So this is where the magic happens . . . . Well, actually, this is where I’ve been spending my weekdays, 10 a.m. — 6 p.m. G.O.A.’L, which stands for Global Overseas Adoptees’ Link, is a unique organization in that it provides services for adoptees returning to Korea, but it was founded and continues to be run by adult adoptees. The multitude of services they provide includes assistance with searching for birth family, translating/interpreting, adjusting to Korean culture, learning Korean language, etc. Basically, G.O.A.’L is an essential homebase for the Korean adoptee community in Seoul, and it is also a member of the IKAA network (International Korean Adoptee Associations).
My role as a summer intern at G.O.A.’L has been ideal thus far, because they provide me with free lunches. But seriously, I am so content to be able to focus all of my energies on helping the Korean adoptee community this summer. This is something I do while I’m in Seattle, but there I’m always doing it “after-hours” in addition to a full load of school-related things, etc. I’m learning more and more about G.O.A.’L as an organization, which I think will be really valuable when I return to Seattle and AAAW in the fall. G.O.A.’L is the only adoptee-led organization in the world that has its own paid, full-time staff. I appreciate all the hard work and patience these ladies (and 산토끼) display.
The main project I’ve been working on thus far is writing an employee handbook that describes the service delivery processes, organizational structure, fundraising, etc. of G.O.A.’L. The most interesting part about this project is getting to interview all of the staff members and seeing a holistic picture of how the organization works. And it seems as though the past nine months of Evans schooling counted for something . . . I’ve been able to talk with them about institutional memory, performance measurement, and the like.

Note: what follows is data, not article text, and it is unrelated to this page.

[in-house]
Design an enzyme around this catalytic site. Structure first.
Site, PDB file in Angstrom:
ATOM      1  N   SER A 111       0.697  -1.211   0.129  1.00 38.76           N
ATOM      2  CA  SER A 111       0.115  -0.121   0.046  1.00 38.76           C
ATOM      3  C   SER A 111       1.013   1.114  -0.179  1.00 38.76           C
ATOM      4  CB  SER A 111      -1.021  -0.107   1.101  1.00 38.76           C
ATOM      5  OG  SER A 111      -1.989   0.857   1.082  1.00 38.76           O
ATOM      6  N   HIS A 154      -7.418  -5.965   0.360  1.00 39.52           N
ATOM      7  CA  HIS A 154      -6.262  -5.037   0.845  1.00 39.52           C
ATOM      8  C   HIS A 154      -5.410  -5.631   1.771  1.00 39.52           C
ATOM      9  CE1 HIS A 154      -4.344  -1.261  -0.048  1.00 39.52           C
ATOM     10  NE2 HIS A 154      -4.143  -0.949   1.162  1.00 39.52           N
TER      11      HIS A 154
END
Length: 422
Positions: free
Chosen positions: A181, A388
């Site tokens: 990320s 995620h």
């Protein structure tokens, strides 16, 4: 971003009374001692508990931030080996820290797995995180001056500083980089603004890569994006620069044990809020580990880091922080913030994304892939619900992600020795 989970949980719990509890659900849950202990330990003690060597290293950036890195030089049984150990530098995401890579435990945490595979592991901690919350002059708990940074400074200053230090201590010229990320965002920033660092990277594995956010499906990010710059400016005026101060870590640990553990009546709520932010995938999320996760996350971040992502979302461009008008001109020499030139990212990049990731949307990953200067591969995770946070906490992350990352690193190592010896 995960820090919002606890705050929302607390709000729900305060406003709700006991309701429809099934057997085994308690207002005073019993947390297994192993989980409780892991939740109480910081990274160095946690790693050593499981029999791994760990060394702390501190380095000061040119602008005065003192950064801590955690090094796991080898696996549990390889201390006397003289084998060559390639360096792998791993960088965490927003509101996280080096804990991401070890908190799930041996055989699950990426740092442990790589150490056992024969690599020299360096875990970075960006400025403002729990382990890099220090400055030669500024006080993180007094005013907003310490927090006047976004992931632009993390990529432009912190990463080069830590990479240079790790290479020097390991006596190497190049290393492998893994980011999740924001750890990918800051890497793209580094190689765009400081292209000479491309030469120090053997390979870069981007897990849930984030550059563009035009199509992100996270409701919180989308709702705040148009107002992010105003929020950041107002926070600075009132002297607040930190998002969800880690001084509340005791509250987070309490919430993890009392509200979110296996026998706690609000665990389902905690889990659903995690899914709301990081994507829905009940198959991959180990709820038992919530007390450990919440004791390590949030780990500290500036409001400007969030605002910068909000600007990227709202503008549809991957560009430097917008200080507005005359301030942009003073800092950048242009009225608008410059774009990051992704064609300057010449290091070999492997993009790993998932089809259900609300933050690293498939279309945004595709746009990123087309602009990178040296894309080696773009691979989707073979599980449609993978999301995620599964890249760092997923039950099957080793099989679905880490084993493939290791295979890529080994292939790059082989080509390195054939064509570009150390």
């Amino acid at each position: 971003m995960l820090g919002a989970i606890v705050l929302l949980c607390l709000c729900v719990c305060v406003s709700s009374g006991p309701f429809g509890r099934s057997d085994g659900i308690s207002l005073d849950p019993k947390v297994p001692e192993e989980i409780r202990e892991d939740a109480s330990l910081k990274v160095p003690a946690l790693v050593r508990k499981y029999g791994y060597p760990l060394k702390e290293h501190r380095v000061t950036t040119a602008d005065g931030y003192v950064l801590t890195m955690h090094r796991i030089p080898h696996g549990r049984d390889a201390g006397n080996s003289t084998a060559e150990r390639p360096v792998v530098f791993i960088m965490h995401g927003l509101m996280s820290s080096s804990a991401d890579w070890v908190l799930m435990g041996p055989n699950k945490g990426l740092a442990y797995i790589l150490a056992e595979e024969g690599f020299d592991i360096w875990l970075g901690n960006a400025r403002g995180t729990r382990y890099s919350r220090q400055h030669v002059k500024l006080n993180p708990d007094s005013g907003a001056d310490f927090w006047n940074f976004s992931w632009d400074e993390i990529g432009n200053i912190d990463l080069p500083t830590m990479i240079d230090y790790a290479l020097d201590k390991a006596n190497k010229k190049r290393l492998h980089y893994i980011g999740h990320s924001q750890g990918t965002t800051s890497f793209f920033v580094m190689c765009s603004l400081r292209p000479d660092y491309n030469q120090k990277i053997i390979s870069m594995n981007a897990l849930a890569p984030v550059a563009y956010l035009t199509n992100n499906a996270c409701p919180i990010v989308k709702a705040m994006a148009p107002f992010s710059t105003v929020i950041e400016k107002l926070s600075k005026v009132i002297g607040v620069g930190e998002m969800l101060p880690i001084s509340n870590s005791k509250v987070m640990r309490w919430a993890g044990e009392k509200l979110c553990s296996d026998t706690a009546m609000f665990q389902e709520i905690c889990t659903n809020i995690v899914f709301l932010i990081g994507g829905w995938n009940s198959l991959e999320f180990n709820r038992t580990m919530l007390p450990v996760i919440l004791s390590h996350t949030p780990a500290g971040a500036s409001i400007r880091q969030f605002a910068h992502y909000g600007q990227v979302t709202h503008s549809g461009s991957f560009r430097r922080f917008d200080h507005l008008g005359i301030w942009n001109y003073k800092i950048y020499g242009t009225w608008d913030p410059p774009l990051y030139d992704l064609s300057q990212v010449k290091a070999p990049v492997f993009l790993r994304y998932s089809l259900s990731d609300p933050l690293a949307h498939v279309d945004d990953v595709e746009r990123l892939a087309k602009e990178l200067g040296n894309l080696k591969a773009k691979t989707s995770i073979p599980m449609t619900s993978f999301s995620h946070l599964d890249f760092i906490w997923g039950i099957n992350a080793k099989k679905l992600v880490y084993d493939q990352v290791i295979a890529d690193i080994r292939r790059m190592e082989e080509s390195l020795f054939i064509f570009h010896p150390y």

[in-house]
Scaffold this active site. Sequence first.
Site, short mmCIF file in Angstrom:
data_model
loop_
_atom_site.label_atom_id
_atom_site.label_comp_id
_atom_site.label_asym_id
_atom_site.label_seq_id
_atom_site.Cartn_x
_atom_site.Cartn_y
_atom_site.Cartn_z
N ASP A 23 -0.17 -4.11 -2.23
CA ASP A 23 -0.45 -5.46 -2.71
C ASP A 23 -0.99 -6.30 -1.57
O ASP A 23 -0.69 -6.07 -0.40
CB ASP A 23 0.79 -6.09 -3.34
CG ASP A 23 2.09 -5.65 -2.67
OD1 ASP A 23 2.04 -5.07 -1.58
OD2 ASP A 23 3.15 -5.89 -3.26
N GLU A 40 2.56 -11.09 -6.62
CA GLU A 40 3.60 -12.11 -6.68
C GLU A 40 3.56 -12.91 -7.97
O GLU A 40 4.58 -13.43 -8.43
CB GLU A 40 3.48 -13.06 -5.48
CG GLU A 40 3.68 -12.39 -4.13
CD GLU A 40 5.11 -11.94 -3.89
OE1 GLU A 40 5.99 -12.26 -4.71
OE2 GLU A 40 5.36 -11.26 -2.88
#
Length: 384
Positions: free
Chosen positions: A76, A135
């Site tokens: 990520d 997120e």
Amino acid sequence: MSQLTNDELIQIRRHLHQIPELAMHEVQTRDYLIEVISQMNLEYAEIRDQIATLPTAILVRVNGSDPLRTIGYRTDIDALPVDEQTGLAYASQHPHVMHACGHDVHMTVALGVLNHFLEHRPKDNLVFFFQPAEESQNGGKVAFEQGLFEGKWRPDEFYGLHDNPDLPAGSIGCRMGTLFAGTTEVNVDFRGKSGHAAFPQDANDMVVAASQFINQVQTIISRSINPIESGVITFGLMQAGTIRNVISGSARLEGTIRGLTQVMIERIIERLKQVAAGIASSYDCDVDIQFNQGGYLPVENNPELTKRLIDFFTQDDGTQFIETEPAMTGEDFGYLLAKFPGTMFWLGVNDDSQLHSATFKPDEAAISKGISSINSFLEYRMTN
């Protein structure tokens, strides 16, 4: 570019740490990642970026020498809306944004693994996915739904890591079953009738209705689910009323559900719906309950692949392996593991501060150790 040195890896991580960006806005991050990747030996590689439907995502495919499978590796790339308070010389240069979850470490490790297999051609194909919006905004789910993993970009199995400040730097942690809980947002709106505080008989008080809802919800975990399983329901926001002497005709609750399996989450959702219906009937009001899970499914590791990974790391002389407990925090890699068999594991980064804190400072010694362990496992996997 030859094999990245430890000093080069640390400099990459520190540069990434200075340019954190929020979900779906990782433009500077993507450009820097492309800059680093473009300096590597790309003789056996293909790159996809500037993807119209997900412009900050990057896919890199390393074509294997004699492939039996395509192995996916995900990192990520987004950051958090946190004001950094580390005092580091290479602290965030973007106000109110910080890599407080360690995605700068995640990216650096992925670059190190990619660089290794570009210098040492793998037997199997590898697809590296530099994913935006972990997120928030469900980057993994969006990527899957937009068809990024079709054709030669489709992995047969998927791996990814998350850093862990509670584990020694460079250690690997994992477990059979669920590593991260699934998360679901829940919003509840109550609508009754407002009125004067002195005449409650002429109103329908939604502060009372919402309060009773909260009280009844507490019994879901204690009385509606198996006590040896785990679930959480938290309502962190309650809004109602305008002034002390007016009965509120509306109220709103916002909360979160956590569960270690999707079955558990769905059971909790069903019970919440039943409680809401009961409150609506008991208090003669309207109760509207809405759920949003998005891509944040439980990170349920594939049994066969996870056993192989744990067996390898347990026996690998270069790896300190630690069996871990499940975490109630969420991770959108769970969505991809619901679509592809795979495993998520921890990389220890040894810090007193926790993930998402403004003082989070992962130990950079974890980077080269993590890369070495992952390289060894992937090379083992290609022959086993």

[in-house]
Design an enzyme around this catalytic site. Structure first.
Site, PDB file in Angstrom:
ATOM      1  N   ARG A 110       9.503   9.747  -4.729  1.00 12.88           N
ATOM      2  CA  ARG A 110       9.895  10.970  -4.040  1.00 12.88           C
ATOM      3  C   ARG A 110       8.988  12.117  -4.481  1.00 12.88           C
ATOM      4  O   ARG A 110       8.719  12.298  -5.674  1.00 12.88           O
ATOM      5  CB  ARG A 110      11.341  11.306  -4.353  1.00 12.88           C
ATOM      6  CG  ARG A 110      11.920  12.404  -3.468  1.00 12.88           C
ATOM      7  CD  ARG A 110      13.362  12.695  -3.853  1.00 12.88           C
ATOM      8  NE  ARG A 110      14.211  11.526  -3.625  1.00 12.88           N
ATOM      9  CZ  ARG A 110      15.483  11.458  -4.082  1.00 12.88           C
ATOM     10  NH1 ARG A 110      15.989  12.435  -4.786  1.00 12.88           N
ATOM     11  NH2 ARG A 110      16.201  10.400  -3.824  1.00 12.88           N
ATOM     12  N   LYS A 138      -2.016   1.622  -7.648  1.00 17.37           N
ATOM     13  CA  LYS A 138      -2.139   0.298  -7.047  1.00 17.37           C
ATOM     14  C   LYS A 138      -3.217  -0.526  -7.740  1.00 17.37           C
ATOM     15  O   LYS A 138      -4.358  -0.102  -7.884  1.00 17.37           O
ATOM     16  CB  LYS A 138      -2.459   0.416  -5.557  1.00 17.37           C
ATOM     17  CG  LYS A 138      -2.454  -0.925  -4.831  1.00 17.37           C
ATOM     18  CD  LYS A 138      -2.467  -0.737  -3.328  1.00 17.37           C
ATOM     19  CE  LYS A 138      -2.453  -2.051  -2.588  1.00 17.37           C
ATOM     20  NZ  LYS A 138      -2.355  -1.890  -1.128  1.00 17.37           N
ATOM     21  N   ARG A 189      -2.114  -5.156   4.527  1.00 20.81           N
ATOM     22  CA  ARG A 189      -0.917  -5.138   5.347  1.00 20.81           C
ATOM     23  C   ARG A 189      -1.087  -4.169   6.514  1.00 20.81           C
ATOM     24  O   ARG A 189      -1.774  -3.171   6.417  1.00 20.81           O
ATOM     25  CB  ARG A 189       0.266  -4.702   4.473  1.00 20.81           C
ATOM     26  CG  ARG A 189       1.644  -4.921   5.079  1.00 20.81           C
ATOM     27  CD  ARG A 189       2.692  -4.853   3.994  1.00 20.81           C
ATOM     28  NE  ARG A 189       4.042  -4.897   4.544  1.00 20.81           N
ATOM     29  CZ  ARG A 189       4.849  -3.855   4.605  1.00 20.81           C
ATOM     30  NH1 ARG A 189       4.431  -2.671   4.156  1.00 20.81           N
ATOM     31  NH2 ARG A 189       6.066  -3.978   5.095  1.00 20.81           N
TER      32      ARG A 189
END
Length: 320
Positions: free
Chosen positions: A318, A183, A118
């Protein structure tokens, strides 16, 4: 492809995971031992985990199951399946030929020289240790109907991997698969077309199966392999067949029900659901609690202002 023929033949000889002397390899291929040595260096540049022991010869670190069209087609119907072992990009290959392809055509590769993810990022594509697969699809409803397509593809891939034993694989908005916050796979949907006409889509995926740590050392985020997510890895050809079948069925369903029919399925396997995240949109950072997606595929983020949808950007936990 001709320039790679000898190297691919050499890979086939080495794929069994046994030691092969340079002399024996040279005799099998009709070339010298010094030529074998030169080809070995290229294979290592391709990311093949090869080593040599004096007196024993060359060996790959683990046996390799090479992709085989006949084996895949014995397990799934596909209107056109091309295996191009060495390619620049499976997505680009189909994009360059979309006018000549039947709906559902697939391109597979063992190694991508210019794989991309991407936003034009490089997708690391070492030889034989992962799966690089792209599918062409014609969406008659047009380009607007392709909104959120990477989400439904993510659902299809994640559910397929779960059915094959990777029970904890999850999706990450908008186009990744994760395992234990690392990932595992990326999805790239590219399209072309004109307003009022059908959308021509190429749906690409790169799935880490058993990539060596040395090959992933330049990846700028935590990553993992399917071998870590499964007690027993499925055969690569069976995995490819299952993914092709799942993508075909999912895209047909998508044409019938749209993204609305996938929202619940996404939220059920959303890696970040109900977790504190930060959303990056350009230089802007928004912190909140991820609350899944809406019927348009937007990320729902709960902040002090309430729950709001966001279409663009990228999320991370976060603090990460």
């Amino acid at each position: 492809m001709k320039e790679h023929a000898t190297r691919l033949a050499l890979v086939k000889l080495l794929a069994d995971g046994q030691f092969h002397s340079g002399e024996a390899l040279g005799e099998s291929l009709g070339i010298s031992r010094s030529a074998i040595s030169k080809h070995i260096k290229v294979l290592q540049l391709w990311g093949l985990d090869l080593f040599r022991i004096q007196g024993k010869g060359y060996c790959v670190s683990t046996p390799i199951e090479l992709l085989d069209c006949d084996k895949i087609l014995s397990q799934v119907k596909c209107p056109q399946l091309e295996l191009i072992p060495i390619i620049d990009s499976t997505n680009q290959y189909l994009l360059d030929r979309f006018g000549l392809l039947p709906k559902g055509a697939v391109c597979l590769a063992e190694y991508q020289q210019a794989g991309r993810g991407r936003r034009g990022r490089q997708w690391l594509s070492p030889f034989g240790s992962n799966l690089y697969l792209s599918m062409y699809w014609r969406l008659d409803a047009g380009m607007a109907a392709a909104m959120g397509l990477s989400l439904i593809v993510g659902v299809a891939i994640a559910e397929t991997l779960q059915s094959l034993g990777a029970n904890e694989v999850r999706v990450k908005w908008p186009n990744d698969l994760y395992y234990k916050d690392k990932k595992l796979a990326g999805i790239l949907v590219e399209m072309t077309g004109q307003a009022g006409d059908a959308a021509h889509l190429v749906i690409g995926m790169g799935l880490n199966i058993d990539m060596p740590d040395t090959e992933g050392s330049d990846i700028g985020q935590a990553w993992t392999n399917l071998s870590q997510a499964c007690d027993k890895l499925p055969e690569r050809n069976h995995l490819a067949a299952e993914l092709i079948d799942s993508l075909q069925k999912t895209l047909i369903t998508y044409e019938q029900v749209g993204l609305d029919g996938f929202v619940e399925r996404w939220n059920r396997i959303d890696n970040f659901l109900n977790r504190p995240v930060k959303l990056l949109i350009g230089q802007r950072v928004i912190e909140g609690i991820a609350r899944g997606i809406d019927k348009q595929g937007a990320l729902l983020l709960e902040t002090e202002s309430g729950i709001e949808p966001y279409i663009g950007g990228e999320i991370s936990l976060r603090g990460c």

My goal (haha) is to finish the first draft of the handbook by the midpoint of my internship. The last half of my summer here will entail editing the handbook as well as developing some performance measurement standards for the upcoming G.O.A.’L Conference (August 11-13, 2006) and for other programs. I might also have the chance to do some writing about G.O.A.’L and the conference for some publications (e.g. KQ).
The photo above shows my little corner of the G.O.A.’L office. We get many visitors each day who are, more often than not, my housemates at KoRoot.
The past year has been very exciting for G.O.A.’L (they finally received funding from the Ministry of Health & Welfare [Korean government]~yay!), and I think there is great potential for the future. Consider this: The peak of Korean adoptions occurred in the mid-1980’s, with approximately 9,000 children leaving each year. Those children are now entering their early- and mid-twenties, which are the prime years for visiting Korea.
August 2007 . . . . we invade!